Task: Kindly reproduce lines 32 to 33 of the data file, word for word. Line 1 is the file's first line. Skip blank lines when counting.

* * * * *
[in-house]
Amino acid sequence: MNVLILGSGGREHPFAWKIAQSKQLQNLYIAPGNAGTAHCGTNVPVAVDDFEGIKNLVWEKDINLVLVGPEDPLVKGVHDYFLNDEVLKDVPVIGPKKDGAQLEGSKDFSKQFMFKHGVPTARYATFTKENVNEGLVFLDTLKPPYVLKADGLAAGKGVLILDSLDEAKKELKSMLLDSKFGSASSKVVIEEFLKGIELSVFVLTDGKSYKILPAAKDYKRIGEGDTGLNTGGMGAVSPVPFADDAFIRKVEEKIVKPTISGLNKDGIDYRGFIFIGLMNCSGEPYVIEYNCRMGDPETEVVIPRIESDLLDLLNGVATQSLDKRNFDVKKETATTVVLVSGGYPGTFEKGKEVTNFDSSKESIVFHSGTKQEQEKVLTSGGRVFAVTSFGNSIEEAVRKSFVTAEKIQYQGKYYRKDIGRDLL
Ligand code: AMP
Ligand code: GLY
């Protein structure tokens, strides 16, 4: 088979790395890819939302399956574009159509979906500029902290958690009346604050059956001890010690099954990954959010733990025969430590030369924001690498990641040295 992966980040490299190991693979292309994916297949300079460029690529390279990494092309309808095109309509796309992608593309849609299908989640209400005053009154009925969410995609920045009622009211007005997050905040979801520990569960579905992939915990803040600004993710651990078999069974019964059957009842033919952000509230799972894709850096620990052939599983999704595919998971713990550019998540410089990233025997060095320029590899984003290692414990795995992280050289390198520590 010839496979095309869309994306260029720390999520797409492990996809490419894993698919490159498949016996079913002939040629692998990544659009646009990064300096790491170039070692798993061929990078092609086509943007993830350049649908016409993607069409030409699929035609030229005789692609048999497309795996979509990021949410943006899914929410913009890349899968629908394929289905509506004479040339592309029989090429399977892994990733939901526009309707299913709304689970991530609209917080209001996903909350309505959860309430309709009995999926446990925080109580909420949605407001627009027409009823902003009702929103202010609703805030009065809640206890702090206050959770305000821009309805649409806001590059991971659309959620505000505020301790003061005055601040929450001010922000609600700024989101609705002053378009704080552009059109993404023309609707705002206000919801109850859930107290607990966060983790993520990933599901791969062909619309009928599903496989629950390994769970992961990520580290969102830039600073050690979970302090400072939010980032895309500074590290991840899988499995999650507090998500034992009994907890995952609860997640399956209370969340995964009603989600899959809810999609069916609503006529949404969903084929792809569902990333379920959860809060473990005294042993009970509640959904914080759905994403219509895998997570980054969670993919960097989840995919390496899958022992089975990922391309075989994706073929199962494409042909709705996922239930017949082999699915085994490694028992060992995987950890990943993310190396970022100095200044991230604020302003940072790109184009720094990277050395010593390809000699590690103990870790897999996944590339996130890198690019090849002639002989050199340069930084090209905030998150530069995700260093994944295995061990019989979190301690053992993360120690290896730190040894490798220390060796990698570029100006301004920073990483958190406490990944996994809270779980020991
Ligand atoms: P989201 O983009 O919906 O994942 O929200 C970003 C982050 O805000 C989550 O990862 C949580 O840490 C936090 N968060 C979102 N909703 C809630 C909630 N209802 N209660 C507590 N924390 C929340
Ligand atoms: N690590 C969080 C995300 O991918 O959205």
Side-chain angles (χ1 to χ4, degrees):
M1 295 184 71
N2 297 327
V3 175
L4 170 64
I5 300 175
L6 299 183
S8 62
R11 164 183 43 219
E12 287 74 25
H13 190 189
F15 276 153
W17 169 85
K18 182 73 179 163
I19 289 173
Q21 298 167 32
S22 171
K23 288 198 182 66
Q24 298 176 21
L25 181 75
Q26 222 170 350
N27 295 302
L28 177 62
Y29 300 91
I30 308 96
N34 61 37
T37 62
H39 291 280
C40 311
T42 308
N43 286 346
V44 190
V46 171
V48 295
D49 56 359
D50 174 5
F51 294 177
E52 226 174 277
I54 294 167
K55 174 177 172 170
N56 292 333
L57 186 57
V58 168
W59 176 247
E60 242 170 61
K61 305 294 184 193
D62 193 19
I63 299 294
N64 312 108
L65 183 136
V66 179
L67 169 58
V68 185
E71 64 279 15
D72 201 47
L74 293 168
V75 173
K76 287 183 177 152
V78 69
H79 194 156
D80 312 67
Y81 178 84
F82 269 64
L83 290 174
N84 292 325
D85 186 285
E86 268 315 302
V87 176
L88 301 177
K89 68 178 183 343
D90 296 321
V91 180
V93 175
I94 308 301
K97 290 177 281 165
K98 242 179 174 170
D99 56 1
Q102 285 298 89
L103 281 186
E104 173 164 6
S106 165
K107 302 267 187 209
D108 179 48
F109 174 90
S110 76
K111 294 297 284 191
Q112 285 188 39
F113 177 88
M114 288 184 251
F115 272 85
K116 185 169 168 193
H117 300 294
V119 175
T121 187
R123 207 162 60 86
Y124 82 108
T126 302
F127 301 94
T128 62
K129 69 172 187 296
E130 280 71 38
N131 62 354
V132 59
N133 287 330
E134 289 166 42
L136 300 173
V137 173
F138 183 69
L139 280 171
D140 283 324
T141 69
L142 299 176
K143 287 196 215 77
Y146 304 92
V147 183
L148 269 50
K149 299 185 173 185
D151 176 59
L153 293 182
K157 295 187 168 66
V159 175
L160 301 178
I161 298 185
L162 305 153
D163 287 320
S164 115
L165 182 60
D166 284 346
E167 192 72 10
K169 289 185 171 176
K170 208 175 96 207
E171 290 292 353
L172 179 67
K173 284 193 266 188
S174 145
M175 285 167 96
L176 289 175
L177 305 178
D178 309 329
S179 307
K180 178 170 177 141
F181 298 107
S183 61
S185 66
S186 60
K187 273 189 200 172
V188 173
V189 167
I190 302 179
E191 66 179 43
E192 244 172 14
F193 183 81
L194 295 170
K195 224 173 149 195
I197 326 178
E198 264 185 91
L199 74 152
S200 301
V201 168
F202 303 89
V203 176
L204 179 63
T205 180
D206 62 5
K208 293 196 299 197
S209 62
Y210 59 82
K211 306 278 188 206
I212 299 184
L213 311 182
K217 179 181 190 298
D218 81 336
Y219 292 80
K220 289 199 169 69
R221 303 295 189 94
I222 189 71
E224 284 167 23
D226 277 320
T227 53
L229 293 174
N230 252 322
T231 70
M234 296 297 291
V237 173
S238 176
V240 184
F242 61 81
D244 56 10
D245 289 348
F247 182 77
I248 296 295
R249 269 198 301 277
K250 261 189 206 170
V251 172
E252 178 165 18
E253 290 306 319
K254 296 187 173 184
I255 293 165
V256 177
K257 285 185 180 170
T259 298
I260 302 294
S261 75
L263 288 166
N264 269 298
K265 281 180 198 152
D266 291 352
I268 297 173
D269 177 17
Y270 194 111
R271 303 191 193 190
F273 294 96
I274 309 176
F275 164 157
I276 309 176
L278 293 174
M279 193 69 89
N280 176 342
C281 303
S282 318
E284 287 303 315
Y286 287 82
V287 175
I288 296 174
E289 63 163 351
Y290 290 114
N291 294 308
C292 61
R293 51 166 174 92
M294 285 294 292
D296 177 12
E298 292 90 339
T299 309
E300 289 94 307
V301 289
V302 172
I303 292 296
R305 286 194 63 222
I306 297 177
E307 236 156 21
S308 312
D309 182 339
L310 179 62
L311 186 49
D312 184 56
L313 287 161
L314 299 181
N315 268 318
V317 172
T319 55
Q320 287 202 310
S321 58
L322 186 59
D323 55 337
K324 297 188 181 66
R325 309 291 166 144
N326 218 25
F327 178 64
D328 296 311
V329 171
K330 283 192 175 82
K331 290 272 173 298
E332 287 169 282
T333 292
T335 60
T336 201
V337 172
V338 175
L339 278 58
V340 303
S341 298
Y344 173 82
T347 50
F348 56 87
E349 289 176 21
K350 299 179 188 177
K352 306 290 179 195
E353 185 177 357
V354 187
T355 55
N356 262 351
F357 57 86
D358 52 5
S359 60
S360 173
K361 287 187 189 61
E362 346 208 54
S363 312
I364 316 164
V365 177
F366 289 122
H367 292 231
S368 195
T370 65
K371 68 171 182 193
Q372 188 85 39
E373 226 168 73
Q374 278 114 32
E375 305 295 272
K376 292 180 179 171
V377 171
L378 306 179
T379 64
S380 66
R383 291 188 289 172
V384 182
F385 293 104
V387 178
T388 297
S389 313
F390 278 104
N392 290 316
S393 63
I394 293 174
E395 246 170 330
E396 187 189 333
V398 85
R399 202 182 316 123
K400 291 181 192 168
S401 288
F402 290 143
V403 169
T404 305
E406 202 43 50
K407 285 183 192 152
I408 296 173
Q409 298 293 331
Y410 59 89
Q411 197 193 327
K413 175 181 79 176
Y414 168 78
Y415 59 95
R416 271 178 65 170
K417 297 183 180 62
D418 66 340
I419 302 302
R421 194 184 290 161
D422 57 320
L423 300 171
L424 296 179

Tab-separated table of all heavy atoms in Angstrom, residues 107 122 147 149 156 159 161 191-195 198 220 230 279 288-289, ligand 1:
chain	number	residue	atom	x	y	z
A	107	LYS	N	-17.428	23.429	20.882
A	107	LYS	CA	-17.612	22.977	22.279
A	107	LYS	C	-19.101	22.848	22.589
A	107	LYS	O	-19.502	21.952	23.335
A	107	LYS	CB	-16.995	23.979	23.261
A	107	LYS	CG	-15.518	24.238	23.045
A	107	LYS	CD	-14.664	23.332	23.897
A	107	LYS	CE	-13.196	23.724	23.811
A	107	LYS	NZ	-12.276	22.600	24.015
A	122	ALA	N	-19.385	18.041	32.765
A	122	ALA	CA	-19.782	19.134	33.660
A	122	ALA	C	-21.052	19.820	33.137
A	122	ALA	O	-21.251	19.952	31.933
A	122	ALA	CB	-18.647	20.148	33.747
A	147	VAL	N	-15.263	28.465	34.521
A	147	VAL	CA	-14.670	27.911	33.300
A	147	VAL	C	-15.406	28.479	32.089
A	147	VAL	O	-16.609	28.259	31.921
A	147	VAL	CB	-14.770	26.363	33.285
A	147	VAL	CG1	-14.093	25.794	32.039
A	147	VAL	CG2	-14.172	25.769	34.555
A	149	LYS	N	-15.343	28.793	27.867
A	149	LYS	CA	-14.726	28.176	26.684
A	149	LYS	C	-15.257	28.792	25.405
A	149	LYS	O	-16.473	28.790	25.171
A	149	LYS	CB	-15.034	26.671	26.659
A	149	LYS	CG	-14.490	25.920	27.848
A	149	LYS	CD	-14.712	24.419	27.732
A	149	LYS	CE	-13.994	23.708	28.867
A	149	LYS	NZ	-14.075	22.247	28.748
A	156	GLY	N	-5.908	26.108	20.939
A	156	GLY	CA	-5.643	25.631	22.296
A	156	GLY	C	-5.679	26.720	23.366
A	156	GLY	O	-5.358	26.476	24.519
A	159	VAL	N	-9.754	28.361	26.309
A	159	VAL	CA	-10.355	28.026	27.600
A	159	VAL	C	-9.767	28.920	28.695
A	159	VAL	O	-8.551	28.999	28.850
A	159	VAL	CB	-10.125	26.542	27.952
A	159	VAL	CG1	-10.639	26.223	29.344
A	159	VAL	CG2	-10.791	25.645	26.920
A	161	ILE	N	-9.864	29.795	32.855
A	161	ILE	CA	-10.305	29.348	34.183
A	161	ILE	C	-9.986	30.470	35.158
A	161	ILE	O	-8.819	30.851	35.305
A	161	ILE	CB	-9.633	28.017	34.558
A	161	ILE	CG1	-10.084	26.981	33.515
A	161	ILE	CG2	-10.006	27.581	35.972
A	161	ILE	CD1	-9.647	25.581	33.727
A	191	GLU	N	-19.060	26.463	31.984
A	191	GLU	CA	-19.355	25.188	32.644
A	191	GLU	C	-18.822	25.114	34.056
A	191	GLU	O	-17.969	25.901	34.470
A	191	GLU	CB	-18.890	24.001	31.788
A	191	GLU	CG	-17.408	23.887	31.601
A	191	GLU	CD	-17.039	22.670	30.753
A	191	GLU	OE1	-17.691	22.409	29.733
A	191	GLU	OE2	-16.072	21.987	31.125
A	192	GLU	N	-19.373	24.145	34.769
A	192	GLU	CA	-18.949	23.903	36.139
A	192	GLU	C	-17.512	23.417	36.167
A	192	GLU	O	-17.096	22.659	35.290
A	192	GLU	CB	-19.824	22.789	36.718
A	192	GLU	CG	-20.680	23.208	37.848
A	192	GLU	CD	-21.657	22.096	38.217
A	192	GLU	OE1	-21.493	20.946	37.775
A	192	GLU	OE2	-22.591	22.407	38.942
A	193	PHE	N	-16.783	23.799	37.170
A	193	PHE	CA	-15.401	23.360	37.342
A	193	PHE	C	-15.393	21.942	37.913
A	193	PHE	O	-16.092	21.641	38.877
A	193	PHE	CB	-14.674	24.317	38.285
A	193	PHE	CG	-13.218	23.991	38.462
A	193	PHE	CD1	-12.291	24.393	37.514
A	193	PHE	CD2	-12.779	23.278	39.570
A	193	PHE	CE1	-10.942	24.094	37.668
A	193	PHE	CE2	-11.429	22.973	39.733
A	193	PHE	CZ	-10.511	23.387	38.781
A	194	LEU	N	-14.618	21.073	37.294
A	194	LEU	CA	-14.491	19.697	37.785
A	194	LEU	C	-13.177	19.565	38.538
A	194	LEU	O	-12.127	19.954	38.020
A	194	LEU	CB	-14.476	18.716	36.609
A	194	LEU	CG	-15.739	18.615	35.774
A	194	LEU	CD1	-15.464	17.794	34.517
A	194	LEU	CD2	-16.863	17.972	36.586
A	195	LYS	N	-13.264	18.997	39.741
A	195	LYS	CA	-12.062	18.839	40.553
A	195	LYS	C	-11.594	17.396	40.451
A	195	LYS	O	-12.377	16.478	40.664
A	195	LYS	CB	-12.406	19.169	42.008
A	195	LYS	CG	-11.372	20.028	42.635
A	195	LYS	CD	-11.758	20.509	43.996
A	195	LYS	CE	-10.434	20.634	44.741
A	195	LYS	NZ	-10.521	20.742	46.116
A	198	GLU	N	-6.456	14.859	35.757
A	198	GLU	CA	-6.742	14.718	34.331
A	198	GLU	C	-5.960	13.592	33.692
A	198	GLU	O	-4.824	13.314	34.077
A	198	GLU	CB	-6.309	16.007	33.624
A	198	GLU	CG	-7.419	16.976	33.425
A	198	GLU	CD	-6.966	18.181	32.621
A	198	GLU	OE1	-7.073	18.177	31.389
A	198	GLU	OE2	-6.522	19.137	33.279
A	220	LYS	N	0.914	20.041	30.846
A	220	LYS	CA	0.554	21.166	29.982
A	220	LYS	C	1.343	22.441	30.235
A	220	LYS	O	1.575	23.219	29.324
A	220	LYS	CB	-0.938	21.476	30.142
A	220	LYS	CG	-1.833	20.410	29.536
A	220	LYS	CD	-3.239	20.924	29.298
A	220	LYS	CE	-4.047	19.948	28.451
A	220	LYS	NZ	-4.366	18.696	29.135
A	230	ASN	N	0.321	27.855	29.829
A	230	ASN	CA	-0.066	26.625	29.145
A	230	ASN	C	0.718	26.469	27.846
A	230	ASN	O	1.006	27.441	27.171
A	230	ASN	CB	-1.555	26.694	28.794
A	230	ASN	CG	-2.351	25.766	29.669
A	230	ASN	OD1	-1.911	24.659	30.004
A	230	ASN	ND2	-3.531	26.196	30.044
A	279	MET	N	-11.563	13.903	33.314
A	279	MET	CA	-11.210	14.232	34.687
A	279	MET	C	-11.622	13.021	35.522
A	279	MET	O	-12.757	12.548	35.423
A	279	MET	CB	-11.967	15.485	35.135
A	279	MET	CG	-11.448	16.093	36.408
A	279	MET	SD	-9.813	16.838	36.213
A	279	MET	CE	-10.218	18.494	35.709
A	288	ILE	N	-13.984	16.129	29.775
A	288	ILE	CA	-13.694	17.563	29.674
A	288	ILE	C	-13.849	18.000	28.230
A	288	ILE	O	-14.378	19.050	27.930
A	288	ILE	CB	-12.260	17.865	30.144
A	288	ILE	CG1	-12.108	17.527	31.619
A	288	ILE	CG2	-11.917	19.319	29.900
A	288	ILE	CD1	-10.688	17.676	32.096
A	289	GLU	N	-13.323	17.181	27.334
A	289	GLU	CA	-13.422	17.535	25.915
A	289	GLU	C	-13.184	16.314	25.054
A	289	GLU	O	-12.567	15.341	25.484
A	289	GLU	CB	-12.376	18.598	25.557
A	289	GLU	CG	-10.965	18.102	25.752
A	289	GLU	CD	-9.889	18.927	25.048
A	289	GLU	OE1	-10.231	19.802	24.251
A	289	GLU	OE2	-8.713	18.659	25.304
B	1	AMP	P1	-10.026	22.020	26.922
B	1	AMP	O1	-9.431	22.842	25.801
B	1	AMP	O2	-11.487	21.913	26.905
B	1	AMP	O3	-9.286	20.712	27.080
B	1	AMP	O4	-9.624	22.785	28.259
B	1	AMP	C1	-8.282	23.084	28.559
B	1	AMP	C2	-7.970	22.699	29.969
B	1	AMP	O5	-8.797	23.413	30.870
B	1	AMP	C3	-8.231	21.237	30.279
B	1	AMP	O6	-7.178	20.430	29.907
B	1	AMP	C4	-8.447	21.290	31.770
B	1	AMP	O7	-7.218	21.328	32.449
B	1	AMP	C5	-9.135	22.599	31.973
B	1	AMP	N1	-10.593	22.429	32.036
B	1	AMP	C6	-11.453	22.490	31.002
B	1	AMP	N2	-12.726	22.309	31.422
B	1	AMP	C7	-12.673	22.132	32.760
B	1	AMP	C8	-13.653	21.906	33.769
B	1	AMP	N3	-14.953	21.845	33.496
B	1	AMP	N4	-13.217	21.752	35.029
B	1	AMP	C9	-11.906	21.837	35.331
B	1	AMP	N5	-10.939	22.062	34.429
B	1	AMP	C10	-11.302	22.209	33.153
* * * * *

I30 308 96
N34 61 37